Doping: Breast cancer drugs used by men in sports

The doping methods used by athletes never cease to amaze us. It has been found that male athletes often use drugs prescribed to prevent breast cancer recurrence, while there is no safety data on such abuse.

We’re talking about a Russian weightlifter who won a silver medal in the category at the 2014 London Olympics.
But a few years later, analysis by the World Anti-Doping Agency, WADA, found irregularities in his urine analysis.
Two products were isolated: the anabolic steroid dehydrochloromethyltestosterone, also known to weight gain candidates as turinabol.
The second product is much more surprising because it is tamoxifen.

Tamoxifen is a drug prescribed to premenopausal women who have had breast cancer. It is prescribed to prevent cancer recurrence. Patients with hormone-dependent cancer, after surgery and possibly after chemotherapy and radiation therapy take it orally every day for five or even ten years.

This product has a special effect because it replaces estrogen and thus prevents these hormones from entering the nuclei of breast cells, where they stimulate the pathological activity of cancer cells.

Tamoxifen belongs to the category of selective estrogen receptor modulators or, according to the acronym, SERMs.

Why do male athletes take Tamoxifen?

To avoid getting bogged down in medical terms, let’s say that tamoxifen allows the body to believe that estrogen has been used up and is still needed.

In humans, the production of female hormones comes from the conversion of male hormones into female hormones. The main male hormone is testosterone.
So, with tamoxifen, men increase their natural testosterone production. That’s it!

But tamoxifen is not the only breast cancer drug that has found use in doping male athletes.

Athletes also often test positive for anastrozole, sold as Arimidex.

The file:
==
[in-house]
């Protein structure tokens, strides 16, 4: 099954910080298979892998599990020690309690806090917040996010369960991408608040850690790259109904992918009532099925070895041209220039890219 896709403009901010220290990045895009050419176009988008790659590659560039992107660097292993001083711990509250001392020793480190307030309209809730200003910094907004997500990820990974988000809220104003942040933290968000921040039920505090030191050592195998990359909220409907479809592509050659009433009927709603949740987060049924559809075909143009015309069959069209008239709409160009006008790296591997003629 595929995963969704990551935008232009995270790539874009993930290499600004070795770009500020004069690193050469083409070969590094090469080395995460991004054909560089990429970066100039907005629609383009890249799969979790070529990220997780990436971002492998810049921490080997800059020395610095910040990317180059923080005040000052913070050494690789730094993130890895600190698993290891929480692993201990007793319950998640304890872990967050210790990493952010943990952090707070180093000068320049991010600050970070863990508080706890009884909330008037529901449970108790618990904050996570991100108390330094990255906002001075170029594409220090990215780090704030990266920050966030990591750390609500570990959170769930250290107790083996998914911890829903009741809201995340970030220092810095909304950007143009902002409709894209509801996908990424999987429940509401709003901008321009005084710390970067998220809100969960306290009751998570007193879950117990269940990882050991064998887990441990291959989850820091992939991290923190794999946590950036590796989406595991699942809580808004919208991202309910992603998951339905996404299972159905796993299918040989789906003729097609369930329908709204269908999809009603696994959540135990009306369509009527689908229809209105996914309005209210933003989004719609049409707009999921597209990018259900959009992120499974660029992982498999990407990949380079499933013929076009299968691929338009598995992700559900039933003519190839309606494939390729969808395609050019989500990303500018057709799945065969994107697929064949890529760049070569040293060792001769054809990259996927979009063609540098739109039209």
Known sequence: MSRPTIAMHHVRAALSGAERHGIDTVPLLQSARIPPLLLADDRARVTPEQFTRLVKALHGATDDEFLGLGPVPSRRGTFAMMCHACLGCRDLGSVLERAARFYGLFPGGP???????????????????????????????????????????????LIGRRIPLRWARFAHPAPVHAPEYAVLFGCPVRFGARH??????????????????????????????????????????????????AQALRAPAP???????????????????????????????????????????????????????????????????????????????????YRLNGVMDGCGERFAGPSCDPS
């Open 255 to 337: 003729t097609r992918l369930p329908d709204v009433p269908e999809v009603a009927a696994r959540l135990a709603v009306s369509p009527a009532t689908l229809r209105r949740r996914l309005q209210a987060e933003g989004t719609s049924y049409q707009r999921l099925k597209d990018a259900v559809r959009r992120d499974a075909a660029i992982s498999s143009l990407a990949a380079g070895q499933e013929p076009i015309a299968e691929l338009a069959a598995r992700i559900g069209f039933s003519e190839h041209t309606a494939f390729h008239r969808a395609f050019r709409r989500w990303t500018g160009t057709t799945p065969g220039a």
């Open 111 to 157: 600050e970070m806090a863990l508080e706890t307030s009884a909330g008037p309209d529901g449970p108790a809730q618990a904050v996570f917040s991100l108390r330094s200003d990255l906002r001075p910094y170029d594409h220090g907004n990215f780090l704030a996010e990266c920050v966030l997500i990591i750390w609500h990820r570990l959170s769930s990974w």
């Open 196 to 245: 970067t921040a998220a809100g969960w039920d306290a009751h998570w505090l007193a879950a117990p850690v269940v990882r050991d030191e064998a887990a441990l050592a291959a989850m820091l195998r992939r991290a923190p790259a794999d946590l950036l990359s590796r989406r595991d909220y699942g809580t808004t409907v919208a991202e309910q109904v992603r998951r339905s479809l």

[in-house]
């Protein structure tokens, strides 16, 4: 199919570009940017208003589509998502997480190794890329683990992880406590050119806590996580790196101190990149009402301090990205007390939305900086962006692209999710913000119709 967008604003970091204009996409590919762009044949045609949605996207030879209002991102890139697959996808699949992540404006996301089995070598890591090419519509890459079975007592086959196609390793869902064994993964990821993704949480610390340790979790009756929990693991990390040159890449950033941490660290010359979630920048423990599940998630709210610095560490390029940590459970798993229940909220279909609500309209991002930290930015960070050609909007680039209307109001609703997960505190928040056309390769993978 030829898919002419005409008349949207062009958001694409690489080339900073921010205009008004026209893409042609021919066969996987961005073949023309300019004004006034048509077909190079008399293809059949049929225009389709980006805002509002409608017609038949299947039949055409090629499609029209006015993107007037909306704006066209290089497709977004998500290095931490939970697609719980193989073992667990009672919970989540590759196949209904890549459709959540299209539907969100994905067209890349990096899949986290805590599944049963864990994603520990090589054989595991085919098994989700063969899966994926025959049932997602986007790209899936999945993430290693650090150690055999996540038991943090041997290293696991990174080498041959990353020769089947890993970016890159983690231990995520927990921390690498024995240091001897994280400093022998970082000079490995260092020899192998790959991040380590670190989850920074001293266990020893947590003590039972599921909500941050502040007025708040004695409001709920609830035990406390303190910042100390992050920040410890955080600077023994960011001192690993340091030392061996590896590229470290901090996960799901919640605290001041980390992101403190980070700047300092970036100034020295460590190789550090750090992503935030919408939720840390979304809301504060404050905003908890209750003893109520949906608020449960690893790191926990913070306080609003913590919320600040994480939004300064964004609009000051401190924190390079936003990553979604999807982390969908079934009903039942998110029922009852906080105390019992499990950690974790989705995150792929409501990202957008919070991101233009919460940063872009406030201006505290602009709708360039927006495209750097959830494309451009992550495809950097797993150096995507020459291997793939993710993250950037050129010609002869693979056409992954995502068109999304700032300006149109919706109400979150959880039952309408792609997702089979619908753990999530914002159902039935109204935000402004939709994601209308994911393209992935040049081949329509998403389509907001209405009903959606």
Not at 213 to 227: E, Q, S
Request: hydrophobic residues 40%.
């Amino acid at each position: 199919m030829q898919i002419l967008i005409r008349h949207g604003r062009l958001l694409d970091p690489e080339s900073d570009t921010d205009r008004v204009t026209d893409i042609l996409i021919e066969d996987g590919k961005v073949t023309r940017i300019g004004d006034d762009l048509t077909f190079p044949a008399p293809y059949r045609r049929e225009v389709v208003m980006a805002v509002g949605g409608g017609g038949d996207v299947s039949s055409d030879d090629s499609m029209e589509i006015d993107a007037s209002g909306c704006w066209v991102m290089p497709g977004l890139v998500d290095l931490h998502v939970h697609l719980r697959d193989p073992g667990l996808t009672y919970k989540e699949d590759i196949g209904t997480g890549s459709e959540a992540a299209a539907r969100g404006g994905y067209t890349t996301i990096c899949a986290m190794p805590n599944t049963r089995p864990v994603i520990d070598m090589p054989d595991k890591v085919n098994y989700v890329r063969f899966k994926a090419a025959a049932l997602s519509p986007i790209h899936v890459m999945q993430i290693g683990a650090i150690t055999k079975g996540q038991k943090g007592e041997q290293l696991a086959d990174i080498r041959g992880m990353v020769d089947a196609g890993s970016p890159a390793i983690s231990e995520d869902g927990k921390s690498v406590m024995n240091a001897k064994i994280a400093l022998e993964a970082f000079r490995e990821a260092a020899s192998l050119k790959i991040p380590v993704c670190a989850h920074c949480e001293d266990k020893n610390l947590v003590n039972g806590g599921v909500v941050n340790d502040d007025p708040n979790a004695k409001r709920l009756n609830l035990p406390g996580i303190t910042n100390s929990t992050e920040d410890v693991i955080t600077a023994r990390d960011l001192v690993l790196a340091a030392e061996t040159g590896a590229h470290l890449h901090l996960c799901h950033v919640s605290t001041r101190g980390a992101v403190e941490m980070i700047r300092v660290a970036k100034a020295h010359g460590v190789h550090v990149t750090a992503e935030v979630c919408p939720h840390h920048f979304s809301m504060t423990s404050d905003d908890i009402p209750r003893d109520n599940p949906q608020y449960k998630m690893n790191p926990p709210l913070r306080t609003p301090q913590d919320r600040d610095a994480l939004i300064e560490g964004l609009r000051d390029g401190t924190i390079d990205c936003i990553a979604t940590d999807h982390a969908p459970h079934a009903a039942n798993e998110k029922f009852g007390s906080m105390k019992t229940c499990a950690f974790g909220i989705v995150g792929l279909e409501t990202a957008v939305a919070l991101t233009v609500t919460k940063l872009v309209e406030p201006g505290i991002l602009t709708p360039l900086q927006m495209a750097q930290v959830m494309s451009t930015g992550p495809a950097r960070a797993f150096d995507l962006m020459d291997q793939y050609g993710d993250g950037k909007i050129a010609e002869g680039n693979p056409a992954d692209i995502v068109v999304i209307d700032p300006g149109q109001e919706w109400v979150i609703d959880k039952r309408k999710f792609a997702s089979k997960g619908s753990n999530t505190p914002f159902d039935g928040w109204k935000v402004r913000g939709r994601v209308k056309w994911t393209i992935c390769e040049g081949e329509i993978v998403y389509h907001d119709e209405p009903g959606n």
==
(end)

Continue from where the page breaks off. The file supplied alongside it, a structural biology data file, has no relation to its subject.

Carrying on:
This drug belongs to the “aromatase inhibitor” family, which also includes letrozole and exemestane.
This drug also interferes with estrogen production.
As we said above, all sex steroids are derived from cholesterol. The first step is the synthesis of progesterone, which then produces androgens, the two main ones being testosterone and androstenedione.
Aromatases turn androgens into estrogen, testosterone into estradiol and androstenedione into estrone. If this drug is administered to people incorrectly, it blocks the physiological conversion of androgens to estrogen.
Macho men have to get used to this: men produce female hormones in minimal amounts, but they are there.

Thus, taking anastrozole will maintain the amount of testosterone, avoiding the “losses” associated with conversion.
The problem is that these two drugs, tamoxifen and aromatase inhibitors, have side effects.
Anti-aromatases increase bone demineralization and decrease libido.
The main problem remains their safety in circumstances that have never been tested clinically. There is a world between preventing breast cancer recurrence and increasing positive testosterone as a performance enhancement in sports.

It has long been known that drugs or biomedical drugs, some of which have not even been tested on humans, have been manipulated in the sports world without any guidance.
We can admit that drugs intended for women with breast cancer may be rejected for their use is amazing, even if you think you’ve already seen or heard almost everything!